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Worker displacement in the mid-1990's
July 1999, Vol. 122, No. 7
The years 1995 and 1996 marked the fifth and sixth consecutive years of economic growth that began in the early 1990s. During these 2 years, 5.0 million jobs were added to nonfarm payrolls. The unemployment rate, which peaked at 7.8 percent in mid-1992, remained at about 5½ percent during 1995–96.1
Despite these favorable labor market conditions, between 1995 and 1996 2.2 million workers aged 20 years and older lost jobs they had held for 3 or more years because their plants or companies closed down or moved, their positions or shifts were abolished, or their employer did not have enough work for them to do.2
In comparison, 2.4 million workers in that age group were displaced between 1993 and 1994, also a period of strong labor market conditions.
The displacement rate, which represents the likelihood of being displaced, fell from 3.3 percent during 1993–94 to 2.9 percent during 1995–96.3 Of the 2.2 million workers displaced in the most recent period, 83 percent were reemployed when surveyed in February 1998. Workers who lost jobs earlier in the decade had not fared nearly as well: of those who had lost jobs during 1991 and 1992, only 75 percent were working in February 1994.
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1 Data on job growth refer to nonfarm payroll employment and are derived from the Current Employment Statistics survey, a monthly survey that collects information on payroll employment, hours, and earnings from about 390,000 nonfarm business establishments. The unemployment rate is derived from the Current Population Survey (CPS), a monthly sample survey of about 50,000 households that provides information on demographic characteristics of the labor force and the employment status of the noninstitutional population aged 16 years and older.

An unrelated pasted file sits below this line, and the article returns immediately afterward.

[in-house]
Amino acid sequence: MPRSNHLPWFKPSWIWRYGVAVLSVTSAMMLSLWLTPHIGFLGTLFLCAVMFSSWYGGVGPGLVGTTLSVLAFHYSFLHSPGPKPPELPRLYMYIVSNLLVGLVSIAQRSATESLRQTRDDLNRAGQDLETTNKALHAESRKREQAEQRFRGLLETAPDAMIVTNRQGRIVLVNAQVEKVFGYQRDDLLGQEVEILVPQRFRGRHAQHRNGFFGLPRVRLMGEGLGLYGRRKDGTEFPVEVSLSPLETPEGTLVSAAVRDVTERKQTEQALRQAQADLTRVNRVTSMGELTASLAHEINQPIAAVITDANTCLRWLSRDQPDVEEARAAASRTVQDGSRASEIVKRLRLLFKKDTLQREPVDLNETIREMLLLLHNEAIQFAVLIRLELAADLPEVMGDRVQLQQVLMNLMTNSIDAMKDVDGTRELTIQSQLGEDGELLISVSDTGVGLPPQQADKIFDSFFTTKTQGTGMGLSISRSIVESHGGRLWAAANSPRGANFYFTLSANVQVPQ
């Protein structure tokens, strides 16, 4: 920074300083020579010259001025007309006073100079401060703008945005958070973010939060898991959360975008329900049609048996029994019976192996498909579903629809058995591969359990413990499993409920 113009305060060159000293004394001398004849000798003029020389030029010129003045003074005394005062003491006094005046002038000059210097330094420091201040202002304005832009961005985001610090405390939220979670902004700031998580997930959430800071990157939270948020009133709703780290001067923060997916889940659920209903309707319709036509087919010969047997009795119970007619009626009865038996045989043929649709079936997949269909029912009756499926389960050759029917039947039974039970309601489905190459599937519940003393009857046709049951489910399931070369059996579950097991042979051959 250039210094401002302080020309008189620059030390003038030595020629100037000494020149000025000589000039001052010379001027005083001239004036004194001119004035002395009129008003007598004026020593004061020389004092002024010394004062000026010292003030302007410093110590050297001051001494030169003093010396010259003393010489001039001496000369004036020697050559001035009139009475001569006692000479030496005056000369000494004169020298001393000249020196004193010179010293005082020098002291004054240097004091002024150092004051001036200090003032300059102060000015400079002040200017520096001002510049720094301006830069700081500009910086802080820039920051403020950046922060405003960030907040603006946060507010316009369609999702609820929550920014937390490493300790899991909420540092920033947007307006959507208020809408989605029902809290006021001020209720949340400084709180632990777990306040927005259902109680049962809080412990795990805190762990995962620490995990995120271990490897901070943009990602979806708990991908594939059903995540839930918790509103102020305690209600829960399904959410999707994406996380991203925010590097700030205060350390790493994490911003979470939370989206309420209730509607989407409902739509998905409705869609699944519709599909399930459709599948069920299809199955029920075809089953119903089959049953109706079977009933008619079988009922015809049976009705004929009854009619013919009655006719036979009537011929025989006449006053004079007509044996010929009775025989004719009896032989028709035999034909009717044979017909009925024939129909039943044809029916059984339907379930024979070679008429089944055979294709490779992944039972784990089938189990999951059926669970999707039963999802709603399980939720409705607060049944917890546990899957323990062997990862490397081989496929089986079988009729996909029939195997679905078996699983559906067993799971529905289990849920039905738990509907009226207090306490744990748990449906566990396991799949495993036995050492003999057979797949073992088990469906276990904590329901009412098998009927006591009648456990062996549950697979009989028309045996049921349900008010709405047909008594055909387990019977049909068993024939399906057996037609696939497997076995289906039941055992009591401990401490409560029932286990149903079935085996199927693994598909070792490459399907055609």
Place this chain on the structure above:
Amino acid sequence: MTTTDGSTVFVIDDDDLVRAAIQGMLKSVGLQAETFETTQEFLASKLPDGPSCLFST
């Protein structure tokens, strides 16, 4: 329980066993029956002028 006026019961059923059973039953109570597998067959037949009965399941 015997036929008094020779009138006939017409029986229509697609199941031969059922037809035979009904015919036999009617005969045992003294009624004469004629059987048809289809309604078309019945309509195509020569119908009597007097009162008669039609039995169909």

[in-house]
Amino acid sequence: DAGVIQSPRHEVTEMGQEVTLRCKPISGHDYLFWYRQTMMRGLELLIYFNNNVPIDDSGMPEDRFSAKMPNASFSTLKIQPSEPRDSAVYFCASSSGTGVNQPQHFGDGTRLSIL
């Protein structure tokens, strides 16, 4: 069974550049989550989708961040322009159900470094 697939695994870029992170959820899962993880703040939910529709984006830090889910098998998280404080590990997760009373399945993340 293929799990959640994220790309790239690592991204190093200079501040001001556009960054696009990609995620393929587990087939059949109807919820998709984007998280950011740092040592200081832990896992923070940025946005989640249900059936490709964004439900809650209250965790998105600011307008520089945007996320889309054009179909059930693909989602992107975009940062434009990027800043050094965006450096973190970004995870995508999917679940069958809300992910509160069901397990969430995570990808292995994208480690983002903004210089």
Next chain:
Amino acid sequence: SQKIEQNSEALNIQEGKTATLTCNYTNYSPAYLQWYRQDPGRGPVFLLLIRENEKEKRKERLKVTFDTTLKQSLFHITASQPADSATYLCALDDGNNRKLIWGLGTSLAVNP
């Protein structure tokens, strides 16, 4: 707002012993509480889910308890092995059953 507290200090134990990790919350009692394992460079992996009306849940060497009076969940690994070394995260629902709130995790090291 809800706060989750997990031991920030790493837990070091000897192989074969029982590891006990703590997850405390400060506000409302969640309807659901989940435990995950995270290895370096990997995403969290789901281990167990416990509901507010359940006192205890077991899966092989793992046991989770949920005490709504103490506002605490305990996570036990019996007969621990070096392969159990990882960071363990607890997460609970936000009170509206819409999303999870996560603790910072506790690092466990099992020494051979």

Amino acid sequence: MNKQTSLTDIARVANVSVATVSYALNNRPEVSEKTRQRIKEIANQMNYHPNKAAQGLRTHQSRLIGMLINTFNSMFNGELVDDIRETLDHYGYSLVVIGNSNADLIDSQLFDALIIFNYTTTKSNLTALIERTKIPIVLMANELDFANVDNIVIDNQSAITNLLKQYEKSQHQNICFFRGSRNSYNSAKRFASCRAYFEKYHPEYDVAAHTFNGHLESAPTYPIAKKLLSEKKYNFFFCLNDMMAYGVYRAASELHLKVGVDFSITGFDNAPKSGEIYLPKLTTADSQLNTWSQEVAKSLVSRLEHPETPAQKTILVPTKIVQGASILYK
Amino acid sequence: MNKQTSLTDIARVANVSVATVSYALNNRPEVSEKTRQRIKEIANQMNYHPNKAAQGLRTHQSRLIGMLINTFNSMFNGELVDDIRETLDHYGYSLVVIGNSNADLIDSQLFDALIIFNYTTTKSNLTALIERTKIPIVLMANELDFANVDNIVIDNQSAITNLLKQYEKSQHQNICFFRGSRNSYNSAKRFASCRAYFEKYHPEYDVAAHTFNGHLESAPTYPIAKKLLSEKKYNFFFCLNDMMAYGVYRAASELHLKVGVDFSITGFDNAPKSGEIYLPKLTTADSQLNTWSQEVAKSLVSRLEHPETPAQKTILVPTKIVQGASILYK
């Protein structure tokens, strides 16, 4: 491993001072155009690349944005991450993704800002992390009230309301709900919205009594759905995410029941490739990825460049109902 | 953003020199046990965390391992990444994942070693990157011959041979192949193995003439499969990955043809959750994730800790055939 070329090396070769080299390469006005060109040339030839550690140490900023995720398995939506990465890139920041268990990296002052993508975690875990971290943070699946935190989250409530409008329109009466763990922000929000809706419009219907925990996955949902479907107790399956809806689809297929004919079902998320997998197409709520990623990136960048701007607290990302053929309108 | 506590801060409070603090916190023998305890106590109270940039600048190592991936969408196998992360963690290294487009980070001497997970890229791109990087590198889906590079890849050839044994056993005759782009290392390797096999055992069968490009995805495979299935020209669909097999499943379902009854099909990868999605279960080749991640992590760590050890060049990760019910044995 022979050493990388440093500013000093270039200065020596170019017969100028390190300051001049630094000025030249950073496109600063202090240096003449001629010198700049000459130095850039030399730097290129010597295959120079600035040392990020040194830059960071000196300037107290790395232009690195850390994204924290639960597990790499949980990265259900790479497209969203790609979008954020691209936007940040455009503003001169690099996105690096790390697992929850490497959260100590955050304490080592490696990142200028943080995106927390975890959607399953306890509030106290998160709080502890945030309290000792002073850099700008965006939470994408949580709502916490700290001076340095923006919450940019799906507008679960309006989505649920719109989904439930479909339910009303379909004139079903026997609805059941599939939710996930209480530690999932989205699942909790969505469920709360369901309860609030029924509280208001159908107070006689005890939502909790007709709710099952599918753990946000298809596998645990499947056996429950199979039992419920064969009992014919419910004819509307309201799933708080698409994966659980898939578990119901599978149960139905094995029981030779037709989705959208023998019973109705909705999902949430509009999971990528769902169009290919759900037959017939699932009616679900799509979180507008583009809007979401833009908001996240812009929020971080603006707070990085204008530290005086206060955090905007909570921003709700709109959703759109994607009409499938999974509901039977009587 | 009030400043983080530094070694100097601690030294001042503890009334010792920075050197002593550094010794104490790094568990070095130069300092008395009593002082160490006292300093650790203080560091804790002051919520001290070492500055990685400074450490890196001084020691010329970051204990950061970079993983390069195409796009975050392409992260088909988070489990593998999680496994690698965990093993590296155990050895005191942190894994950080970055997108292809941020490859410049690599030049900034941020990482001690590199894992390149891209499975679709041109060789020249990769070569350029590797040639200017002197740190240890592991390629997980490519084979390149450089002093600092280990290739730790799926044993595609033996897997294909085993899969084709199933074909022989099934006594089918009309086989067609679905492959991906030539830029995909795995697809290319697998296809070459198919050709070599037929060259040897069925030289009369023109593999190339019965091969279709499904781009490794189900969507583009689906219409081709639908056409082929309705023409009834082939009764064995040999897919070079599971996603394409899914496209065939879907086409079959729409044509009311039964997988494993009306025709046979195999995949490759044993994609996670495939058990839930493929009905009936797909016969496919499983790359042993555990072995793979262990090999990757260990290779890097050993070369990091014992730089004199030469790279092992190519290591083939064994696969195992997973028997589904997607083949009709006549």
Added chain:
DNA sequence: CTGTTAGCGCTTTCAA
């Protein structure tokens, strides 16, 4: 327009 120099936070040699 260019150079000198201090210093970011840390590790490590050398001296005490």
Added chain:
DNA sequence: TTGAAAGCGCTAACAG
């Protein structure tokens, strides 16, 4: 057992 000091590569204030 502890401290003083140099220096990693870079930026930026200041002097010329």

2 The count of displaced workers includes, in addition to those who lost jobs, workers who left jobs in anticipation of losing them. Debriefing data collected as part of quality assessment research conducted on the February 1998 Displaced Worker Survey indicate that 79 percent of the displaced were job losers and 19 percent were job leavers. (One percent said they had retired.) Thus, the group referred to as job losers includes some workers who left or retired from their jobs prior to losing them.
3 Displacement rates are calculated by dividing the number of displaced workers in a specified worker group by a tenure-adjusted 2-year average estimate of employment for the same group. Employment estimates for each year were adjusted, using job-tenure data from the January 1983, 1987, and 1991 and February 1996 and 1998 CPS supplements, to include only those workers with 3 or more years of tenure. A 2-year average was then computed by means of the adjusted employment estimates.
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